Handset vendors show signs of growth

Leading handset vendor Nokia had a bumper quarter at the end of 2009, with profits climbing to €882m in the fourth quarter from €551 in the same period in 2008.

Revenues for the three month period were down however, falling to €11.9bn from €12.6bn in the fourth quarter of 2008.

Infrastructure JV Nokia Siemens Networks saw fourth quarter revenues drop 16.4 per cent year on year to €3.6bn, while sales at Navigation and mapping unit Navteq jumped 9.8 per cent year on year to €225m. Mapping is small fry by comparison but its performance reinforces Nokia’s decision to make Ovi Maps the heart of its mobile services portfolio.

Revenues at the devices unit were almost flat year on year at €8.2bn for the fourth quarter, with the company shipping 126.9 million units, an increase of 12 per cent year on year and 17 cent sequentially. Overall industry mobile device volumes for the same period were 329 million units based on Nokia’s estimate, representing an increase of 8 per cent year on year.

Nokia said shipments of smartphones and other high end device were 20.8 million units in the fourth quarter, compared with 15.1 million units in the fourth quarter 2008, giving the Finnish firm an estimated 40 per cent market share in the fourth quarter 2009, up from an estimated 35 per cent in the third quarter of 2009. Nokia shipped approximately 4.6 million Nseries and approximately 6.1 million Eseries devices during the quarter.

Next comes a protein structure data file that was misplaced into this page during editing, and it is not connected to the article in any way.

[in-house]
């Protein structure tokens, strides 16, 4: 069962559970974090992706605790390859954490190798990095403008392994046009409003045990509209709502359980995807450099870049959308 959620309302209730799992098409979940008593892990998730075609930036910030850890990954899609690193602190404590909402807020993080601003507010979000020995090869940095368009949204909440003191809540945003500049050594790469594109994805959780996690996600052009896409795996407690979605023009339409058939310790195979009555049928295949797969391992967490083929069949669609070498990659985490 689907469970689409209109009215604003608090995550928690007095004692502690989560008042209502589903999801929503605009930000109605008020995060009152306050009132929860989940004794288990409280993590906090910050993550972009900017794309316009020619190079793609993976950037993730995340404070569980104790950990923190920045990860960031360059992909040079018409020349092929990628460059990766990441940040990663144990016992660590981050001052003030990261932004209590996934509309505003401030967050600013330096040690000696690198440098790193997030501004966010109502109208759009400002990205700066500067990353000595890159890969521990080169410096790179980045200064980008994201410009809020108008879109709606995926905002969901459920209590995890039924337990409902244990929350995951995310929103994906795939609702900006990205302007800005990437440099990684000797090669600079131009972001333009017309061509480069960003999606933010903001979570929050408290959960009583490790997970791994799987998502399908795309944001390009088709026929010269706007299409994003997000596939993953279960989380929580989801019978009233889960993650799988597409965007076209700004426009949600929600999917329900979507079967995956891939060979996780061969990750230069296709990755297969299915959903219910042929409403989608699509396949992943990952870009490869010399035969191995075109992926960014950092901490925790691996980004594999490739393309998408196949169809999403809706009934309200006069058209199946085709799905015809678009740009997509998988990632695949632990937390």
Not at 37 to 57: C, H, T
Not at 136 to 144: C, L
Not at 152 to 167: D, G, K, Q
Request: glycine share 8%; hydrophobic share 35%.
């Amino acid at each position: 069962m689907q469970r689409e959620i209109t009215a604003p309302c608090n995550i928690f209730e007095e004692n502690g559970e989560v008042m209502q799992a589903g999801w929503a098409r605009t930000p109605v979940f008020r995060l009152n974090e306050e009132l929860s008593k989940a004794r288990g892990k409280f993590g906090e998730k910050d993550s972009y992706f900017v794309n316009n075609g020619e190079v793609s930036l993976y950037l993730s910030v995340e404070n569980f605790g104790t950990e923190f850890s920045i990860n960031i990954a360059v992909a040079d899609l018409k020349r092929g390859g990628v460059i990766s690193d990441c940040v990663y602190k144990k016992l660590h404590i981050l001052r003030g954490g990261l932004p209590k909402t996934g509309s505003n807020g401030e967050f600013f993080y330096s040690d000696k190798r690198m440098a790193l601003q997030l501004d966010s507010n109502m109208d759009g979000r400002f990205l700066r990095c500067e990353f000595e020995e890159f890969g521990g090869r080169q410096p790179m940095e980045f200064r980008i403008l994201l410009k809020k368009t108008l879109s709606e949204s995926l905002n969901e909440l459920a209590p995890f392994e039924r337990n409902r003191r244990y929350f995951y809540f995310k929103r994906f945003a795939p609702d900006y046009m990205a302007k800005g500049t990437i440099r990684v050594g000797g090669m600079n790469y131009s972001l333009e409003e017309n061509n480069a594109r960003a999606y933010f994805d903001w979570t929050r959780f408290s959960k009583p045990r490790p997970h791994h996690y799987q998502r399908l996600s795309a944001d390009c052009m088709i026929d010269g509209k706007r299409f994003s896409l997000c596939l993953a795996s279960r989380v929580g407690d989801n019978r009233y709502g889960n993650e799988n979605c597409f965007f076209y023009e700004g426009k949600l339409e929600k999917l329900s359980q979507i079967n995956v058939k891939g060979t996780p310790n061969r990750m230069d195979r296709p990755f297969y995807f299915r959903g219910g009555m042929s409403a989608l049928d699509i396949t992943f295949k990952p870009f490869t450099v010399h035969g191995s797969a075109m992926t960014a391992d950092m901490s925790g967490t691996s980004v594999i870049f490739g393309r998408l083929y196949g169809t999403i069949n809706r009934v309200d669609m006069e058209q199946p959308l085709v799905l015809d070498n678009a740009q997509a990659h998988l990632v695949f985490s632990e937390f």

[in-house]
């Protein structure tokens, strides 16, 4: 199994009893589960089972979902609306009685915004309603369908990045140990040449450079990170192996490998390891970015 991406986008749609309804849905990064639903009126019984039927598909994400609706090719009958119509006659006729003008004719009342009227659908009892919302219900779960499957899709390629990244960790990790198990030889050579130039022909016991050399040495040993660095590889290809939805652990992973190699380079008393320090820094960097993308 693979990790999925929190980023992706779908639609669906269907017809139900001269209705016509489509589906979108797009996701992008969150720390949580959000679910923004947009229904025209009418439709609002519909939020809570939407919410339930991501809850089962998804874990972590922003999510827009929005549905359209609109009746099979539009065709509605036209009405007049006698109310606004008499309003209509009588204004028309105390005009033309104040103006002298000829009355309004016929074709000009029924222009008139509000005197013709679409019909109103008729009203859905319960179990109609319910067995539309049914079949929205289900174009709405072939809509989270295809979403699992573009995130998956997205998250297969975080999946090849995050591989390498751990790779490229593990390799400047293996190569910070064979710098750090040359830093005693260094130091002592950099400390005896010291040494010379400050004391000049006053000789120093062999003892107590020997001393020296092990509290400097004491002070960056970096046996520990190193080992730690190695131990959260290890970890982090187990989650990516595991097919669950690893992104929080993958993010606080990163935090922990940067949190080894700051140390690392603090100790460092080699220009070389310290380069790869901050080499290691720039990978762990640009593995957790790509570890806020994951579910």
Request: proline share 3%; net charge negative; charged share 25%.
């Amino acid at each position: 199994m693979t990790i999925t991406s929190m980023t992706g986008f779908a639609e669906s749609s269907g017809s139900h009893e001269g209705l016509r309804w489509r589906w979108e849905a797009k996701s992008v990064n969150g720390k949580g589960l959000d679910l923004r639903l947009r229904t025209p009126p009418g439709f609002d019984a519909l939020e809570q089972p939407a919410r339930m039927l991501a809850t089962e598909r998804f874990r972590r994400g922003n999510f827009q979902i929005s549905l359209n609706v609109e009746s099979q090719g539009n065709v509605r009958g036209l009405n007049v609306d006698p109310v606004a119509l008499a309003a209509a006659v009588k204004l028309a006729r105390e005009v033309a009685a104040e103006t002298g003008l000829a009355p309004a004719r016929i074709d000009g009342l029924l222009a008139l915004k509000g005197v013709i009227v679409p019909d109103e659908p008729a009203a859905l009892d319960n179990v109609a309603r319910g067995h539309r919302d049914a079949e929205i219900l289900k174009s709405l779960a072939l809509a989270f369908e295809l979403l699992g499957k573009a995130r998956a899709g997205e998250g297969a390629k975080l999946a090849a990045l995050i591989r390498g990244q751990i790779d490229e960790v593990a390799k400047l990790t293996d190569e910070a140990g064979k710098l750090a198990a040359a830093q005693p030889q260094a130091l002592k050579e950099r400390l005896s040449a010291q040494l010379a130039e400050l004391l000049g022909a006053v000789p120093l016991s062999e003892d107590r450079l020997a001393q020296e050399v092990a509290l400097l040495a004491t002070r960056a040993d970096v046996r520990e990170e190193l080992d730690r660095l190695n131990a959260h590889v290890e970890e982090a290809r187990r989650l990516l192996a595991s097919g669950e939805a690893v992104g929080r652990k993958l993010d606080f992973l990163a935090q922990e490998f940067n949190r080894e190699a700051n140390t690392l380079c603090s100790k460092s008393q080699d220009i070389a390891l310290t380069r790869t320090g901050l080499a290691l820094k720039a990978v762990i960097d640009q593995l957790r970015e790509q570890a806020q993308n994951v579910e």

Mobile device average selling price (ASP) in the fourth quarter 2009 was €63, down from €71 in the fourth quarter of 2008 and up from €62 in the third quarter of 2009.

Tagging along behind in second place, Korean vendor Samsung said it shipped 68.8 million devices in the fourth quarter, up 14 per cent sequentially and 31 per cent year on year. Samsung got considerably more money for its devices though, with an ASP of $115 (€82) for the fourth quarter.

Sales for Samsung’s telecoms division were up to KRW11.57tn (€7bn) in the fourth quarter from KRW10.7tn in the previous quarter.

Meanwhile Motorola, which once held the second spot and now sits in fourth, behind LG, also posted an awesome quarter. Net earnings hit $142m, up from a loss of $3.6bn in the same period in 2008. But revenues for the same period dipped from $7bn to $5.7bn in the fourth quarter of 2009.

Motorola’s Mobile Devices segment sales were $1.8bn, down 22 per cent year on year, while operating loss climbed to $132m from $595m in the year ago quarter. During the quarter, the Company shipped 12 million handsets and estimates its share of the global handset market was 3.7 per cent.

During the company’s financial conference Motorola CEO Sanjay Jha said that the company would launch 20 new smartphones in 2010, including one direct to consumer device designed for and branded by Google – the follow up to HTC’s Nexus One.

Segment sales for the Home & Networks Mobility division were $2bn, down 24 per cent compared with the year ago quarter. Operating earnings were $91m, compared to $257m in the year ago quarter.

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